CosmoGirl Magazine -‘A missile nearly killed me on my way home from school.’
Asra’a Mizyad, 17, was badly injured when her village in Iraq was attacked. Now she’s speaking out for victims like her. [PDF layout version]
The village of Abu Floos, Iraq, where Asra’a Mizyad lives with her parents and two brothers, was once a flourishing port village near Basra, the second biggest city in Iraq. As recently as nine years ago, Abu Floos, located three hours south of Baghdad, was thought to be safe. But today, after years of conflicts involving Iraq, Iran, Kuwait, and the U.S. and its allied forces, Asra’a’s family and the other thousand or so village residents live in poverty. Back in 1990, the year Asra’a was born, Iraq’s leader, Saddam Hussein, invaded neighboring Kuwait. President George Bush, Sr., sent U.S. troops to try to free Kuwait, launching an air strike against Iraq called Desert Storm. Saddam agreed to a cease-fire in April 1991. In the agreement, no-fly zones were created — areas that both sides agreed had no military significance and therefore were considered safe. Abu Floos wasone of those areas.
So in December 1998, when President Bill Clinton ordered an air strike against Iraq called Operation Desert Fox in response to a dispute over military inspections for nuclear weapons, residents of the town weren’t too alarmed — they thought their no-fly-zone status protected them. Then everything changed. Here is Asra’a’s story.
On January 25, 1999, about a month after Desert Fox began, I was walking home from my elementary school at 10 a.m. — we had exams that morning and were let out early. When I was two blocks from my house, I heard an incredibly loud explosion. Total chaos broke out — people started screaming and running. The pressure of the blast threw me to the ground, and I felt something warm running over me. Then I must have fallen unconscious. The next thing I remembered was waking up in the hospital 10 days later.
GETTING THE TRUTH
When I came to, I saw there were cuts and stitches all over me. But most shockingly, my right arm was gone! The doctors told me that shrapnel from the blast had ripped through my body, and my arm had been so mangled that amputating it had been the only way to save my life. I had also suffered numerous internal injuries, like a collapsed lung and damage to my other organs. I’ll have a piece of metal lodged in my head for the rest of my life because removing it would kill me.
My parents and doctors tried to explain what happened: The U.S. military had launched a missile over my village; they soon admitted to American newspapers that this was an error. Buildings were destroyed, 7 people died, and 14 others were hurt. I wondered, Why would anyone bomb my peaceful village? I had to stay in the hospital for five months, and my parents sold most of our possessions just to pay my medical costs. The U.S. government offered no support — at the time, they didn’t have a policy that said they had to.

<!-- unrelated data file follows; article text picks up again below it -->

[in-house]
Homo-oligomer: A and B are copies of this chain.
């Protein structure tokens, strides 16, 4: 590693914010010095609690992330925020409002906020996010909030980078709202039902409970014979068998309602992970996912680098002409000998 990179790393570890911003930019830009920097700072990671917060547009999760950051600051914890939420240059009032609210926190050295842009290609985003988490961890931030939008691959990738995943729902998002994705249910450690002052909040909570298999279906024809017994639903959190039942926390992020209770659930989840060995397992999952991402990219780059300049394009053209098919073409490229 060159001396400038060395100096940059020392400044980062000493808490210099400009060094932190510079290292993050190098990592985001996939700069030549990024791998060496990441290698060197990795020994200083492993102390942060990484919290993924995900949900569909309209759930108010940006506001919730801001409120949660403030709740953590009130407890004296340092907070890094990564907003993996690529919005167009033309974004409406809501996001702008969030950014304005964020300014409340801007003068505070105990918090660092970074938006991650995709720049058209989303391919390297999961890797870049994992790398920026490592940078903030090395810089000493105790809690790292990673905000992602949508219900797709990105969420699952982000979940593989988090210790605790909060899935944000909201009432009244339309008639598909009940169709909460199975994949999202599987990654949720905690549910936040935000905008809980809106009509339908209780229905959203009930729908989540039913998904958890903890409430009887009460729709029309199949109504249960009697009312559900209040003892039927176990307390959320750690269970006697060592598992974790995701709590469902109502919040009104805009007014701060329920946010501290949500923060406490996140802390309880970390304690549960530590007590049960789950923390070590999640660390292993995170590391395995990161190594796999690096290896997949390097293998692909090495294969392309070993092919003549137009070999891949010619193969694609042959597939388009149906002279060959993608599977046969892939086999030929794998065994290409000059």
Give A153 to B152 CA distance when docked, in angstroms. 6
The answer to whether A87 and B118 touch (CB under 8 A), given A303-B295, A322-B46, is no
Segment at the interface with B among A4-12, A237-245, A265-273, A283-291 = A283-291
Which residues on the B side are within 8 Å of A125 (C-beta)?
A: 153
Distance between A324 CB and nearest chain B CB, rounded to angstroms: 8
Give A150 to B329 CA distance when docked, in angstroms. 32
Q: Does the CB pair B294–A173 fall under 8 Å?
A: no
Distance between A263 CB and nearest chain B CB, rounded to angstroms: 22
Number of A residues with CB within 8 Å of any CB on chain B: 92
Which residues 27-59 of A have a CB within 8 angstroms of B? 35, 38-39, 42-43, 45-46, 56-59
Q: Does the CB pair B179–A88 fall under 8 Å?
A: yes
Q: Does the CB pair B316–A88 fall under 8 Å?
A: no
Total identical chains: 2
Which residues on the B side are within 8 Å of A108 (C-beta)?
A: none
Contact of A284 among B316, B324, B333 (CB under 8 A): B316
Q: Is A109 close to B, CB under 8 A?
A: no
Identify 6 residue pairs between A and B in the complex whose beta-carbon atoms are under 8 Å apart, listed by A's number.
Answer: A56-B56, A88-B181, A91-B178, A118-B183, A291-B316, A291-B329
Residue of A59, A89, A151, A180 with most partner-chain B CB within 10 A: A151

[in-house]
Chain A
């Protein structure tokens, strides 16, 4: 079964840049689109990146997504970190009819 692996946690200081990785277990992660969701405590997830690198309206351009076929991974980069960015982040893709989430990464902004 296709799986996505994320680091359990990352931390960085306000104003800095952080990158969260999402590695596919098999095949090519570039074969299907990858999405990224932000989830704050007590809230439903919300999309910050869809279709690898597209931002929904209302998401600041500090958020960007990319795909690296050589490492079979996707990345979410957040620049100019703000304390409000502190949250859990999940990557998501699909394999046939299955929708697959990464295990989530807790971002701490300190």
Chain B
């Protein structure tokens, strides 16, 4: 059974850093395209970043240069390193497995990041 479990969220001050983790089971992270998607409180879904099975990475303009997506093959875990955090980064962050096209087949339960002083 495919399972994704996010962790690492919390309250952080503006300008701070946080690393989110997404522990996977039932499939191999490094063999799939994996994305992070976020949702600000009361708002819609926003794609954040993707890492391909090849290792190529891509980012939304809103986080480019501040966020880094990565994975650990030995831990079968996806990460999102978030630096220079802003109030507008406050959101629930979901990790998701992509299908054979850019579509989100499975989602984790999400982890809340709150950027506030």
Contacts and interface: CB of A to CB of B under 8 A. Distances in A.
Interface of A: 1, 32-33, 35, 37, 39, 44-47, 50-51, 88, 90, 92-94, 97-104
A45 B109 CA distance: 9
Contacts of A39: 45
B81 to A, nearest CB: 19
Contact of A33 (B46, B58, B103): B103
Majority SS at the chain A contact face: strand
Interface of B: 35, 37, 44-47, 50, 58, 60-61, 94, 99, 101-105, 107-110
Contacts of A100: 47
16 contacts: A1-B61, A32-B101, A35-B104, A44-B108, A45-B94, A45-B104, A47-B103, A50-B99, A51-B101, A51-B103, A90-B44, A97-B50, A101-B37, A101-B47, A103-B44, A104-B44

Then, just when I thought things couldn’t get worse, doctors broke the news that my reproductive organs were damaged too — I’d never be able to have kids. In our culture, women are traditionally revered for their ability to give life. Because I now can’t, I’ll forever be seen as “damaged goods.” At only 8 years old, my life as I’d envisioned it was over.
GIFT OF A LIFETIME
In 2001, when I was 11, my family was boarding a bus in Basra, and I saw a man who was coming off the bus look at what was left of my arm. He had a sad look in his eyes, and he took two pictures of me as our bus pulled away. I never thought I’d see him again. But a year later, some boys from my town showed to remove some shrapnel in my body that the Iraqi hospitals had not been able to. When some people in my village heard Americans were coming to help me, they said they wished a missile would injure them so they’d get help too. That made me so sad because I’d do anything to have my arm back. Anyway, I was issued an Iraqi passport in March 2003.
But the next day, the Iraq War began and we weren’t allowed to leave. It was another year before my father and I were able to travel to Houston, Texas, where doctors at the Shriners Hospital operated on me and fitted me with a prosthetic arm, free of charge. Cole invited us to a peace rally in his hometown of Santa Monica, California, and to see Catalina Island. I remember thinking that everything was so green and wondering if Abu Floos once looked like that. A reception was held for me, and I met American girls my age —they were so sympathetic and kind. My dad and I were showered with gifts, and a few weeks later, we returned to Iraq with 10 suitcases filled with clothes and supplies. I couldn’t believe how generous some Americans are.
People ask if I hate America after what happened — but my parents taught me not to hold anger in my heart, so I have let go of my bad feelings. I know not all Americans are responsible for my injuries, and I’ve met many who care about the victims of war. For instance, Cole and Alan have established a charity, No More Victims, to provide other child victims of war with the medical treatment they need. That poster of me has by now been seen all over the world. It was used this year at peace rallies in America and plastered on telephone poles on Sunset Boulevard. I never expected to become this iconic image. But now, at 17, I’m glad I have. I love my country and pray for a peaceful Iraq. I believe education is the key to helping our countries embrace each others’ differences. That’s why I hope to go to a university in America and become a professor someday. Telling my story is a safety risk for my family and me, but I’m speaking out in hopes that it will help kids less lucky than me who’ve been injured and left behind.